Bellingrath Gardens in Mobile, AL
Cost $127 for two adults and four children to enter, go on the boat and the house tour. The boat ended up braking, and the extra $30 something bucks was refunded to us. There is also a cafe’ that has some sandwiches and soup. Sandwiches were $8. They were large enough that not one of us ate more than half. Next time around, we’ll split sandwiches as they really were pretty large. Sandwiches came with chips.
We got to the gardens around 10:30 and didn’t leave till 3. And that didn’t include the boat tour. I had heard from many people on reviews online that it’s a four hour deal. BUt we would’ve spent a good six hours there. So don’t plan anything else during the day if you go.
Yes, it’s lots of walking, but there’s also lots of shade since it’s so densely landscaped. It’s kept very well. Very clean grounds and restrooms.
About the Bellingraths. I was really inspired by their story and I felt a certain kinship with Bessie Bellingrath. Walter Bellingrath was the owner of a Coca Cola bottling company in Mobile. He has a very interesting work story, but I’ll keep it short. He worked hard, he had many investments, he was very successful. Enter Bessie. She was his stenographer (if memory serves well) and with her “long brown hair and deep blue eyes” he was smitten. They married. Well, there came a time when Walter’s health started to falter. He went to see a doctor and they couldn’t figure out what was wrong for awhile. Finally, a specialist figured out the problem. Walter was a workaholic. The doctor ordered him to have some fun. He’d been looking at a small 5-acre fishing camp for awhile, and with this new prescription, he decided to purchase.
The Bellingraths around that time went on a long trip through Europe and they took note of the lavish houses and gardens there. When they got back, Bessie decided she wanted to turn the fishing camp into a garden. They purchased the adjacent 60 acres, hired an architect/designer, and built the gardens. After the gardens were built, the Bellingraths decided to build a home as well. So, in interesting fashion, they built the house after the gardens that surround it.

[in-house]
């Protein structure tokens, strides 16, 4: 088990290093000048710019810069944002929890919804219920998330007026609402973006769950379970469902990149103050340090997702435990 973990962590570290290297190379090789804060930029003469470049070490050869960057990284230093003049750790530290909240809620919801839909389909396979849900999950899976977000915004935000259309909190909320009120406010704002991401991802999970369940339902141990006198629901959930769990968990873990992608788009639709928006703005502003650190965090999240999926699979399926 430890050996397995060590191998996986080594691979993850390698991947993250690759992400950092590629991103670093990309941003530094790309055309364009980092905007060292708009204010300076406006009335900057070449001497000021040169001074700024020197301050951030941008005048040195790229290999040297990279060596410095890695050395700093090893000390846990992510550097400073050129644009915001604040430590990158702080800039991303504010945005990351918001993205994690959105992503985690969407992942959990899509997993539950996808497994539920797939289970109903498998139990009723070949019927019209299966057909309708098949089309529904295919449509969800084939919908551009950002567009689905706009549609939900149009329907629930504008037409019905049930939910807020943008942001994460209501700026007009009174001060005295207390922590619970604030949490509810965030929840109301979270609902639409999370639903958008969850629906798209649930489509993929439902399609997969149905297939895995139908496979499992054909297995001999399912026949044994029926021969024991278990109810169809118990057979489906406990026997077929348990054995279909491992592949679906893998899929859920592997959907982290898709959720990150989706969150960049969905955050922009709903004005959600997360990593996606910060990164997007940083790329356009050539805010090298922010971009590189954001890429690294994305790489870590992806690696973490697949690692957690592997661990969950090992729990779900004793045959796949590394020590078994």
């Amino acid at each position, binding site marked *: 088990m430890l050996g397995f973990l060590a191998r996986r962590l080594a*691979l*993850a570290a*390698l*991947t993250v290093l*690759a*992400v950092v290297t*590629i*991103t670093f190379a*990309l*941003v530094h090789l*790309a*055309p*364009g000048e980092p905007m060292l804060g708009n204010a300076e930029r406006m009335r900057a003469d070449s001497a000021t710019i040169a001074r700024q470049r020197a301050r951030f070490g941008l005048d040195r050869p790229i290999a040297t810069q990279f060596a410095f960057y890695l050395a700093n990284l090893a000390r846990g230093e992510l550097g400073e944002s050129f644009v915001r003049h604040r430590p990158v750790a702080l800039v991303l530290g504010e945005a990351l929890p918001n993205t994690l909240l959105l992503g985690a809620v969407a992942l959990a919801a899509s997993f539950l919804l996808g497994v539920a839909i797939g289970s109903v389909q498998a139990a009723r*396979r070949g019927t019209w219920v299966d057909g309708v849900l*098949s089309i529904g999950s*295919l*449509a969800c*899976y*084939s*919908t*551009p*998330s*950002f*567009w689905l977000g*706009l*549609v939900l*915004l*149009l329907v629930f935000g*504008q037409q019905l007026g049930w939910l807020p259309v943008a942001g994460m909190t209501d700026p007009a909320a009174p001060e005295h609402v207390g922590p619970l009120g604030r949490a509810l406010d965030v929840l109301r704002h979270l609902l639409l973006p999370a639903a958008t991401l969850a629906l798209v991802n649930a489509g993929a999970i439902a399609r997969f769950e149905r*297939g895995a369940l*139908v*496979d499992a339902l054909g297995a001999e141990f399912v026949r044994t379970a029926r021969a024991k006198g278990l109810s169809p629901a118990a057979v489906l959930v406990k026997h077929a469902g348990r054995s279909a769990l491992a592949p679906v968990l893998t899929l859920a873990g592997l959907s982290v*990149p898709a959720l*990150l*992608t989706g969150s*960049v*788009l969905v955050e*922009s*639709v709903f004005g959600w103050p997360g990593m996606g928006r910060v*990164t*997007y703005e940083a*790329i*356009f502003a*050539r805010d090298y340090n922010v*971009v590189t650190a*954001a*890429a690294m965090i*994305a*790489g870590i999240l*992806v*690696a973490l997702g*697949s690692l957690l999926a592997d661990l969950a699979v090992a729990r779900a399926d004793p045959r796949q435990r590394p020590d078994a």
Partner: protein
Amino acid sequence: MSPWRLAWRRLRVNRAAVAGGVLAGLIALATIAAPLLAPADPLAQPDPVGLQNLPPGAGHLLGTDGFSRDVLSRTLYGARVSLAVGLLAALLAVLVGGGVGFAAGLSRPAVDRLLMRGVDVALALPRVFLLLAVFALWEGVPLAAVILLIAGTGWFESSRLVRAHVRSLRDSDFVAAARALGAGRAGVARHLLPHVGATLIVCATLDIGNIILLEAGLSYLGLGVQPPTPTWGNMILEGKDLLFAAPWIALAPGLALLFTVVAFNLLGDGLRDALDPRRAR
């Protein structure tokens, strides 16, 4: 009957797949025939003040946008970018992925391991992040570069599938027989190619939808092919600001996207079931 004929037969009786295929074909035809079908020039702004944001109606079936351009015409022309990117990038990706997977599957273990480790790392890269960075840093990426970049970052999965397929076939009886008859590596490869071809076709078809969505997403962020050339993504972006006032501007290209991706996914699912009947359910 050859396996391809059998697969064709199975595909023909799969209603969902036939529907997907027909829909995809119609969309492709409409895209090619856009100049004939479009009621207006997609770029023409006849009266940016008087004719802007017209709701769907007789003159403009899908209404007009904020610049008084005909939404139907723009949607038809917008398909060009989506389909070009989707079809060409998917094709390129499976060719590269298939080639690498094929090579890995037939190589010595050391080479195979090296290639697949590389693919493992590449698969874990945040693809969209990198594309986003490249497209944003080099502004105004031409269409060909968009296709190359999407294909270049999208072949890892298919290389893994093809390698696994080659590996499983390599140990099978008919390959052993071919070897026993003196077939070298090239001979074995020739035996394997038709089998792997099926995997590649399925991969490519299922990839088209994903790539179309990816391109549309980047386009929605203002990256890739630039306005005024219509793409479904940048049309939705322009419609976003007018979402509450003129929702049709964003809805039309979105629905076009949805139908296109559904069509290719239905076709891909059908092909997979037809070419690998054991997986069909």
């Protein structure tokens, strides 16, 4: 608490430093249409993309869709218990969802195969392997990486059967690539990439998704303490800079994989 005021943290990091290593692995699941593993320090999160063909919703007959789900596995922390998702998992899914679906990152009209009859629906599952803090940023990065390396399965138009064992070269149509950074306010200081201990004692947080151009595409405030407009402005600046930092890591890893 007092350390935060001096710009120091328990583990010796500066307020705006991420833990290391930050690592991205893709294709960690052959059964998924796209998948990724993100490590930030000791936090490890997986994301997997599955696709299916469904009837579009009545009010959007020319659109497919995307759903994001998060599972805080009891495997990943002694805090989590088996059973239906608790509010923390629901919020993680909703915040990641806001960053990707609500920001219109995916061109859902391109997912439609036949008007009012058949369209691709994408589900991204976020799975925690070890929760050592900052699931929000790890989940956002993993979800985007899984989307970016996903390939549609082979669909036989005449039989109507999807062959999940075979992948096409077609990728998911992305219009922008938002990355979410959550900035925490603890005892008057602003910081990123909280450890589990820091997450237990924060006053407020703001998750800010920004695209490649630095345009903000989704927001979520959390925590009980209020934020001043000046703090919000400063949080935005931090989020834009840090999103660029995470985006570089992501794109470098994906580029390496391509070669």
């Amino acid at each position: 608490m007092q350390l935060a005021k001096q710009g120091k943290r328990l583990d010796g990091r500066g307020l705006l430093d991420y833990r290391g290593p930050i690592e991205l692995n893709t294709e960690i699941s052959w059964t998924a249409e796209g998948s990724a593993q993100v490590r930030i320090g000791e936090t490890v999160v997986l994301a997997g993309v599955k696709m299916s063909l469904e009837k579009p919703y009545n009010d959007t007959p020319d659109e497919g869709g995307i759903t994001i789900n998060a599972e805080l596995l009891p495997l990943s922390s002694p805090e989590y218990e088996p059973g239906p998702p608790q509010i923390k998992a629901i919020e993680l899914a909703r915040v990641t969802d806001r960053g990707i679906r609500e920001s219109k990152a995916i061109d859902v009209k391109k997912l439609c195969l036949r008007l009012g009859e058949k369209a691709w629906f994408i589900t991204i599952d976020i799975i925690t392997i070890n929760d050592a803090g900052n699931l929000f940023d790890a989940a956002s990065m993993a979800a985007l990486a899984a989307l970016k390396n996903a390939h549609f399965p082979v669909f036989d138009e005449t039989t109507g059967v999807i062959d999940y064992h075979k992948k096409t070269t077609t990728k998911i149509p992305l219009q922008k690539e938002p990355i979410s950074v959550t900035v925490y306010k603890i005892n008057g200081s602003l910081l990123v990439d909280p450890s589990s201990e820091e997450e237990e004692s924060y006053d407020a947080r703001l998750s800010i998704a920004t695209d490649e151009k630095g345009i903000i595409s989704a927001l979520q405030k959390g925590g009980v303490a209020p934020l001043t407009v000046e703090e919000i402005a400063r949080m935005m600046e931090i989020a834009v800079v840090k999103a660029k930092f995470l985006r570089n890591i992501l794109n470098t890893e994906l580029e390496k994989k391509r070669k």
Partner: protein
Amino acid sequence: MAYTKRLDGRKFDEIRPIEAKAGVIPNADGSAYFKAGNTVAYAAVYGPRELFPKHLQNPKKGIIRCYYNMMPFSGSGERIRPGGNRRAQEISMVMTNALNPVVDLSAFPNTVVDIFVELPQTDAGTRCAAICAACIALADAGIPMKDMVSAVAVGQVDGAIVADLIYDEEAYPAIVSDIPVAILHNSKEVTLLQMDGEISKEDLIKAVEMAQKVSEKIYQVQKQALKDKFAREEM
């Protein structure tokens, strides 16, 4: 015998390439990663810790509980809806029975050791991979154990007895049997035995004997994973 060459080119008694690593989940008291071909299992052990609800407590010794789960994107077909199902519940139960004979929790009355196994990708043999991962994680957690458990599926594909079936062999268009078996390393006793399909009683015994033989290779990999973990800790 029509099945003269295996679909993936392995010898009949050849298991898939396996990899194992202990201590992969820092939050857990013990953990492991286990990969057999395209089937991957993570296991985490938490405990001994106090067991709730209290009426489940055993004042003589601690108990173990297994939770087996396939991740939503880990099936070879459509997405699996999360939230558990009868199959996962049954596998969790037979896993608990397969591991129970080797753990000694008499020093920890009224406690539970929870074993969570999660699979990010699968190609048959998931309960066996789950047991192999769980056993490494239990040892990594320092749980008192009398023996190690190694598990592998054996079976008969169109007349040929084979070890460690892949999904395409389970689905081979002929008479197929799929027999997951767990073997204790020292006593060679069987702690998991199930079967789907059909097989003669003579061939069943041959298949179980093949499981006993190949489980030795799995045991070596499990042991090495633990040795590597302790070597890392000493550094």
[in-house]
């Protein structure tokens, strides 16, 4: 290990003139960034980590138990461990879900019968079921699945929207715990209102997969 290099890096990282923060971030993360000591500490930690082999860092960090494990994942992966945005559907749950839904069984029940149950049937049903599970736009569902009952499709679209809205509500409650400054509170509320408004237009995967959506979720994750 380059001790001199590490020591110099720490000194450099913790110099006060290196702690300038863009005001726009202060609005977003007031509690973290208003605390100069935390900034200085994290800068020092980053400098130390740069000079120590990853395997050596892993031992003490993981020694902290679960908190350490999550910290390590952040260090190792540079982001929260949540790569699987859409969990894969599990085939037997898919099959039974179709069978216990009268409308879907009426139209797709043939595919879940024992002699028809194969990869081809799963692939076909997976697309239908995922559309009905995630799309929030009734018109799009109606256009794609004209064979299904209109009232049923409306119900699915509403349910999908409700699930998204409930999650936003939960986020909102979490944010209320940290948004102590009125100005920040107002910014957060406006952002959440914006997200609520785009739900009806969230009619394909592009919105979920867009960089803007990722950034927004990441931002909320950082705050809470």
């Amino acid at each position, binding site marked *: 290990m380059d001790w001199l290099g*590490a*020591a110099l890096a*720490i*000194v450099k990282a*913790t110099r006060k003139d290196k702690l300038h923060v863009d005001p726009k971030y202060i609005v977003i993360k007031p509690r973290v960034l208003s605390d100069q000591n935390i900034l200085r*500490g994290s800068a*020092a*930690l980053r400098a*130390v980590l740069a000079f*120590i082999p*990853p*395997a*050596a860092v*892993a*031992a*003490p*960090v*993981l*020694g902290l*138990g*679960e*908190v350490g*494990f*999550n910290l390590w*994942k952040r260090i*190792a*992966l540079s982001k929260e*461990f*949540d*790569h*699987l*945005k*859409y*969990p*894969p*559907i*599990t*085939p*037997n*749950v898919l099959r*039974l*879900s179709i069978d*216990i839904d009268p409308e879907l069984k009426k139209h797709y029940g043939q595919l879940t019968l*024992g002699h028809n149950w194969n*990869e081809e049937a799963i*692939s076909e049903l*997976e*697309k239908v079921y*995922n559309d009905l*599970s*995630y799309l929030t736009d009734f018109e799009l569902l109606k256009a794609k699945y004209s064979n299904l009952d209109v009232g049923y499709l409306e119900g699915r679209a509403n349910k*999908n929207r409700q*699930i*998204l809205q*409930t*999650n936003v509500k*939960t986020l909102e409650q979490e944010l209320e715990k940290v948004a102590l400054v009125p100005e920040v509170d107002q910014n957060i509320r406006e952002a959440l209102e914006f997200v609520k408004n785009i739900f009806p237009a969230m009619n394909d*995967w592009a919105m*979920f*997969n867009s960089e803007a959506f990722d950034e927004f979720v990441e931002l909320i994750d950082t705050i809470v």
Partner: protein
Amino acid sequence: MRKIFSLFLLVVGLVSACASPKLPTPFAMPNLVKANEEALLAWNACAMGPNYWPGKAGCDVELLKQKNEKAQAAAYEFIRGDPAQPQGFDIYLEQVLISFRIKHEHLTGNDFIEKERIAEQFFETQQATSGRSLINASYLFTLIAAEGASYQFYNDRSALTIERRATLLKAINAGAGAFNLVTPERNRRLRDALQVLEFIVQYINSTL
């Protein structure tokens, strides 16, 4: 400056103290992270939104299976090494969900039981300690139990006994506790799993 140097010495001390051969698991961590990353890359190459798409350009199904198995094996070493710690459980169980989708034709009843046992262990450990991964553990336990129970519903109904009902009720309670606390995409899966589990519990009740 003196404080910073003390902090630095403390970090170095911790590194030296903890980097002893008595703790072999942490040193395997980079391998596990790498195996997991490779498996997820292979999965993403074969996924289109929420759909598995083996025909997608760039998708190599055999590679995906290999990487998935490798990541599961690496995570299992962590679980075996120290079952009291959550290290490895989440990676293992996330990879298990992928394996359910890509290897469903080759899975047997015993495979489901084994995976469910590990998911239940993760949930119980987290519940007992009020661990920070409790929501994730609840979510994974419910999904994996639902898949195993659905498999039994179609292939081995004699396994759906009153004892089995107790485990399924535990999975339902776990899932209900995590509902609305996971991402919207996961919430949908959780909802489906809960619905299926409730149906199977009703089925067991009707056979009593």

The house itself is over 10,000 sq ft and is kept in mint condition with all the original furniture and pieces of porcelain for viewing. It’s located in the middle of the gardens. Now, keep in mind, they lived in this house while there were tours going on. Bessie died after living in the house for a short 8 years. After she died, Walter lived an additional 12 years. It’s said that the people who came by his house daily helped him get out of bed in the morning, showcasing what his beautiful wife had created.
Some interesting tidbits about the Bellingraths. They had no children, and so they left their estate and the proceeds from the tours of the gardens goes to three different schools and two churches in the area. Bessie was very giving.
There were several times when a person in the community was selling furniture to get some money to try to make ends meet during the hard times of the Depression. Bessie would stop by and offer to buy the piece of furniture, giving them the money, and saying she’d send one of her employees to go get it. But in the end, she wouldn’t. One of the men who worked for her has stated that she would say, “They needed the money but they are too proud to ask for it.”
Bessie created her whole world around beauty. Walter may have been a workaholic, but together they balanced each other out. She showed him how to appreciate life and beauty. He showed her hard work.
The sidewalks on the property are mostly a beautiful stone. That stone was once used as sidewalk material for Mobile. Bessie wanted it. She eventually convinced the city to change over to concrete and she got the stones herself for her gardens.
The architect who helped design the gardens (and later on, the home) worked WITH the land, not against it. There are several natural wells on the property and it would’ve been a huge muddy mess. Instead, he included water features into the gardens and used the natural resources of the property to his advantage.
Walter owned a tile company briefly. It ended up going under during the Depression. While Bessie chose much of the furniture inside the house, there’s quite a bit of tile work that was done because of the good deal Walter could get. There’s one bathroom in particular that’s green and pink. Bessie apparently HATED that bathroom. But Walter stuck with it and insisted they use the tile because he got it for so cheap.
They had twelve or fifteen different FULL sets of china. They used them all. They figured what’s the point in having it if you’re not going to use it. The house has three different dining rooms, and all were used, depending on the time of the year and what the view would be like out the windows. In other words, every aspect of life revolved around what would be the prettiest, the most pleasurable.